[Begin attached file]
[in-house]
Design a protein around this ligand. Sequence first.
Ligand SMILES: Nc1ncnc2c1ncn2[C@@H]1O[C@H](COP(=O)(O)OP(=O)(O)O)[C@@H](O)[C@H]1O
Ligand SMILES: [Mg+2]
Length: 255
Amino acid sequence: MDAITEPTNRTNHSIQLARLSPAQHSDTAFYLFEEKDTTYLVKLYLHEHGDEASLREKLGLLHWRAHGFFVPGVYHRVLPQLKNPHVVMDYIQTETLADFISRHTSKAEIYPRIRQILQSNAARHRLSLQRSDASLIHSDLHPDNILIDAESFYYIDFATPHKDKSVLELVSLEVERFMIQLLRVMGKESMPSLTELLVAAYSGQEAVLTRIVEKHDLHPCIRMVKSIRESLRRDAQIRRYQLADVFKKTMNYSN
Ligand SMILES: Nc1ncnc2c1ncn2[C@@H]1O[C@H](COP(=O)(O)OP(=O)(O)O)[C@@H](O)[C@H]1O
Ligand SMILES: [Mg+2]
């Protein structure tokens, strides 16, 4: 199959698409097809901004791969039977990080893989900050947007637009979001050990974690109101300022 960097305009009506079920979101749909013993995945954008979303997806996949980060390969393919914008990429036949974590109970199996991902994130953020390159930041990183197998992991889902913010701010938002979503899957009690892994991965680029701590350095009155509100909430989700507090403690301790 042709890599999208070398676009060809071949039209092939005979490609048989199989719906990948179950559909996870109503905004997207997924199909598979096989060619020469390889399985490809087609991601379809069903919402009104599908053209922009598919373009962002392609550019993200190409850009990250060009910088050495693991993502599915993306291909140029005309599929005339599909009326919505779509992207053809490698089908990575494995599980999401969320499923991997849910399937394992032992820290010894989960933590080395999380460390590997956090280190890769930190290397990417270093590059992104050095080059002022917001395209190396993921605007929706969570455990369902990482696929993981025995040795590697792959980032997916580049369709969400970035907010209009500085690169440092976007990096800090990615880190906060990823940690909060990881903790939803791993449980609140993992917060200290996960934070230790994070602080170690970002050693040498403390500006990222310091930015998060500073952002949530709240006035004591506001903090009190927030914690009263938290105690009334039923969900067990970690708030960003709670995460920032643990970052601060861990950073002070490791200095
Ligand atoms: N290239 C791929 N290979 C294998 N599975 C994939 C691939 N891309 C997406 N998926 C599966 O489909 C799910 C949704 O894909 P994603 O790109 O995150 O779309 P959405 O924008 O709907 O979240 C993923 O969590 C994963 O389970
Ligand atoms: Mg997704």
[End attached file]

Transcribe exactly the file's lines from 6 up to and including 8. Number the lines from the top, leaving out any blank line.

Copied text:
Amino acid sequence: MDAITEPTNRTNHSIQLARLSPAQHSDTAFYLFEEKDTTYLVKLYLHEHGDEASLREKLGLLHWRAHGFFVPGVYHRVLPQLKNPHVVMDYIQTETLADFISRHTSKAEIYPRIRQILQSNAARHRLSLQRSDASLIHSDLHPDNILIDAESFYYIDFATPHKDKSVLELVSLEVERFMIQLLRVMGKESMPSLTELLVAAYSGQEAVLTRIVEKHDLHPCIRMVKSIRESLRRDAQIRRYQLADVFKKTMNYSN
Ligand SMILES: Nc1ncnc2c1ncn2[C@@H]1O[C@H](COP(=O)(O)OP(=O)(O)O)[C@@H](O)[C@H]1O
Ligand SMILES: [Mg+2]